Hotel Management Glossary
There are currently 56 Glossary Items in this directory beginning with the letter D.
Daily Function Board
The place(s) in the lobby and other locations within the hotel used to post information such as name of function, time, and room number for events scheduled on a specific date.
A detailed report of all guest accounts that indicates each charge transaction that affected a guest account that day, used as a worksheet to detect posting errors.
Using technology to analyze guest (and other) related data to make better marketing decisions.
A computerized collection of related facts and figures designed to serve a specific purpose.
A financial management system that collects accounting data from an individual hotel site and combines and analyzes that data at the same site.
The intensive cleaning of a guestroom, typically including the thorough cleaning of items such as drapes, lamp shades, carpets, furniture, walls, and the like.
A machine used to deliver an electrical shock to the heart in case of cardiac arrest (heart attack) in efforts to re-establish a normal heartbeat.
A procedure by which guests are assigned a room, but the issuing of a key is delayed.
The process of assigning authority (power) to others to enable subordinates to do work that a manager at a higher organizational level would otherwise do.
An organization, entity, or location that creates a significant need for hotel services. Examples in a community include large businesses, tourist sites, sports teams, educational facilities, and manufacturing plants.
A code generated by an on-line credit card verification service, indicating that the requested transaction has not been approved.
Departmentalization is the process of grouping together people and jobs into work units.
The part of a fixed asset's cost that is recognized as an expense in each accounting period because it is assumed to have been "used up" during that period.
The term used to describe a hotel market area where occupancy rates and/or ADRs are far below their historic levels. Used, for example, in, "The permanent closing of the military base in that town resulted in depressed market conditions in the entire county."
The person who verifies guest reservations, registers guests, assigns rooms, distributes keys, communicates with housekeeping staff, answers telephones, gives information about and directions to local attractions, accepts cash and gives change, and acts as liaison between the lodging establishment and the guest as well as the community.
Personal property of a guest that is held by a hotel until payment is made for the purchase of lawful products/services.
Teaching employees about what to say in conversations and/or how to respond to common situations that occur on the job.
The practice of a seller charging different prices to different buyers for the same product or slightly different versions of the same product.
Requires the firm to distinguish its products or services on the basis of an attribute such as higher quality, more innovative features, greater selection, better service after sale, or more advertising.
An arrangement whereby a guest is allowed to purchase hotel services and products on credit terms.
Direct Mail Letters
Letters sent directly to individuals in a targeted market group in a marketing effort.
Activities designed to reinforce desired performance (positive discipline) or to correct undesired performance (negative discipline).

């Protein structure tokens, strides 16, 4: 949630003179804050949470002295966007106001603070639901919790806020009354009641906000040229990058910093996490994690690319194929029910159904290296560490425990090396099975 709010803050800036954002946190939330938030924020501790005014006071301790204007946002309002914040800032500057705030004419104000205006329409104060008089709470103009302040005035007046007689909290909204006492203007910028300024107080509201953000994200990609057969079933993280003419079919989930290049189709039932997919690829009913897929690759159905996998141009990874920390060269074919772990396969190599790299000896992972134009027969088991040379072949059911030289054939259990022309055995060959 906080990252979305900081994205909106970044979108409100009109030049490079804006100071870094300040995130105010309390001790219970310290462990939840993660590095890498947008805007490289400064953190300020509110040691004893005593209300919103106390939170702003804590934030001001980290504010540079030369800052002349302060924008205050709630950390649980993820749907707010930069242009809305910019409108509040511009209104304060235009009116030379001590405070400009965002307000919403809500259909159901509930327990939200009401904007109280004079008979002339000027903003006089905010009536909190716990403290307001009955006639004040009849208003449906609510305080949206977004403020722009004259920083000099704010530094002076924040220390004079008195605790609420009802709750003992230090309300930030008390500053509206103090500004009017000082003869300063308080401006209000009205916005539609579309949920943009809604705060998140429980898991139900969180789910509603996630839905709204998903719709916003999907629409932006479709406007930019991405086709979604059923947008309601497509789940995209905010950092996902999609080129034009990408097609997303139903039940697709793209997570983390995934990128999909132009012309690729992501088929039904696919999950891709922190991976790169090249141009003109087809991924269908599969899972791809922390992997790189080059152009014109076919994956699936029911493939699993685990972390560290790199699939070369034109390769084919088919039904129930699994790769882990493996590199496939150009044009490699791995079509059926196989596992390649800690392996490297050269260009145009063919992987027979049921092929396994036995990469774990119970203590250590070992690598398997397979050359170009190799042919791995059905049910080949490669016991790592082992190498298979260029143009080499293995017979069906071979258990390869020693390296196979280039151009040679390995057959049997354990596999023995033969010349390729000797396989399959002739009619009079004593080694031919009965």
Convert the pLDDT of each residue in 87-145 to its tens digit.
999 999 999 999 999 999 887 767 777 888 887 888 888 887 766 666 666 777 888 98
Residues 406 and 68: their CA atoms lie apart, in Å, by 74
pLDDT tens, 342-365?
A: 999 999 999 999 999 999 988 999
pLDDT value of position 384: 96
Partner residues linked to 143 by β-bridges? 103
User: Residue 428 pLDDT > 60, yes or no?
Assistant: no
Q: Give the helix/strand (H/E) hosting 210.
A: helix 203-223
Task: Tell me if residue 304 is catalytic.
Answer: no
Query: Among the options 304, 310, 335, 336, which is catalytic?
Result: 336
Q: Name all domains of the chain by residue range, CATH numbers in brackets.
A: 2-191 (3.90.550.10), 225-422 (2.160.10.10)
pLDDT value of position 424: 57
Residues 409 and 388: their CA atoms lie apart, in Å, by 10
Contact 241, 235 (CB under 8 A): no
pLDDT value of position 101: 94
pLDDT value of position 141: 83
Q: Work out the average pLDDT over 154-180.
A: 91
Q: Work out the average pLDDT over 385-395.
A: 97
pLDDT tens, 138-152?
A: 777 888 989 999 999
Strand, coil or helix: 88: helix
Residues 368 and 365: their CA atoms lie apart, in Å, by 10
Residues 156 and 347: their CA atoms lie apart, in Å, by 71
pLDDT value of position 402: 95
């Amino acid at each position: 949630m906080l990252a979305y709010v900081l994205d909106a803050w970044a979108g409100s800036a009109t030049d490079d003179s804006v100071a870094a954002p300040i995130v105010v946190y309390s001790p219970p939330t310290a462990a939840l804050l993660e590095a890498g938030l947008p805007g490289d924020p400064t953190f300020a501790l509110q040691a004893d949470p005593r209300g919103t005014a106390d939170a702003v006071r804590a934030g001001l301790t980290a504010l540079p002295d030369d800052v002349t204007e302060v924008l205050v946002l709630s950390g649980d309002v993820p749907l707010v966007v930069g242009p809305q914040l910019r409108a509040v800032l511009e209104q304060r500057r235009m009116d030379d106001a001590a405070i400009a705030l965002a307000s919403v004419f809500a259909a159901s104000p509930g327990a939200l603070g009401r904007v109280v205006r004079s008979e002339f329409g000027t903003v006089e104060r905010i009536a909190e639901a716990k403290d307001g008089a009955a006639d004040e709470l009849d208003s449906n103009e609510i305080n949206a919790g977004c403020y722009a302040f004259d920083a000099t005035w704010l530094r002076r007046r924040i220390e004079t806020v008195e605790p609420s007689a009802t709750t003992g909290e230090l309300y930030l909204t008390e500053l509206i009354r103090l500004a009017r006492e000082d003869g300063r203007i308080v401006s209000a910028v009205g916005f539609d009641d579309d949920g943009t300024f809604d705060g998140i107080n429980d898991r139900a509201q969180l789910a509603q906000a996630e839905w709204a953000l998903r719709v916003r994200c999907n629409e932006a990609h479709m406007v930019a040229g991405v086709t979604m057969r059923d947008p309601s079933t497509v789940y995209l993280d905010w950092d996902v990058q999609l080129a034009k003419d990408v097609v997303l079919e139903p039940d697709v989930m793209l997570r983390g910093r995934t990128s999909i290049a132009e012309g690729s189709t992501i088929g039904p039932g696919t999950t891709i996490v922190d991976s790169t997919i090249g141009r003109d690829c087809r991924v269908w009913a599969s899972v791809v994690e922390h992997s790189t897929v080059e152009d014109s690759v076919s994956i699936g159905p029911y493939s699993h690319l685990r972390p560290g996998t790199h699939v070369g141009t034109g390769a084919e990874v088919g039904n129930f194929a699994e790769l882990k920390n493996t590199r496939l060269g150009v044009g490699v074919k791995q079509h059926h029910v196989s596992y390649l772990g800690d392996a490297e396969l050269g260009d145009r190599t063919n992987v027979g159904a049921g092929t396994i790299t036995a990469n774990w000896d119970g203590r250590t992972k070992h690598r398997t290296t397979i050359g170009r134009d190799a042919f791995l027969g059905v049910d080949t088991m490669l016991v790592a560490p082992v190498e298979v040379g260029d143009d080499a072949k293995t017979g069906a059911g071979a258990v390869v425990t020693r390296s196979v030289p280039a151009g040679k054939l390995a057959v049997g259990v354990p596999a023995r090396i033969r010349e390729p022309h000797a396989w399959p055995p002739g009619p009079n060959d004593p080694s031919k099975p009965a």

A daily comparison between the status of rooms as listed by the PMS at the front office, and the status of rooms as listed by the housekeeping department.
A piece of computer hardware, which writes data to and reads data from a floppy disk or hard disk.
A structured examination of the relative merits of choosing among alternative pieces of business for the purpose of identifying the piece that optimizes revenue.
An output device of a computer system, which is usually capable of displaying both text and graphics. Also called a monitor, a CRT, or simply a screen.
An economic condition that results in revenue levels that are significantly (10 percent or more) below historic norms.
A distinct and definable source of hotel rooms or services sales. For example, the Internet is one distribution channel, and meeting planners are another.
Occurs when a firm expands its business operations into new products, functions served, markets, or technologies.
Did not check-out. A room status term indicating that the guest made arrangements to settle his or her account (and thus is not a skipper), but has left without informing the front office.
Short for "Director of Sales and Marketing." Variations include DOS (Director of Sales) and DOM (Director of Marketing).
A room with two double (or perhaps queen) beds, may be occupied by one or more people. Also called a twin-double.
A system for recording financial transactions in which every transaction creates entries that affect at least two accounts.
Dram Shop Laws
A provision in the U.S. legal code that allows an injured party to seek damages from an intoxicated person who caused the injury and from the person who provided the alcoholic beverages to the intoxicated person.
A passageway, usually built of sheet metal, which allows fresh, cold, or warm air to be directed to various parts of a building.
Due Diligence (b)
Involves a complete examination of a merger or acquisition, including such areas as management, equity, debt, sale of assets, transfer of shares, environmental issues, financial performance, tax issues, human resources, customers, and markets (Strategic Management).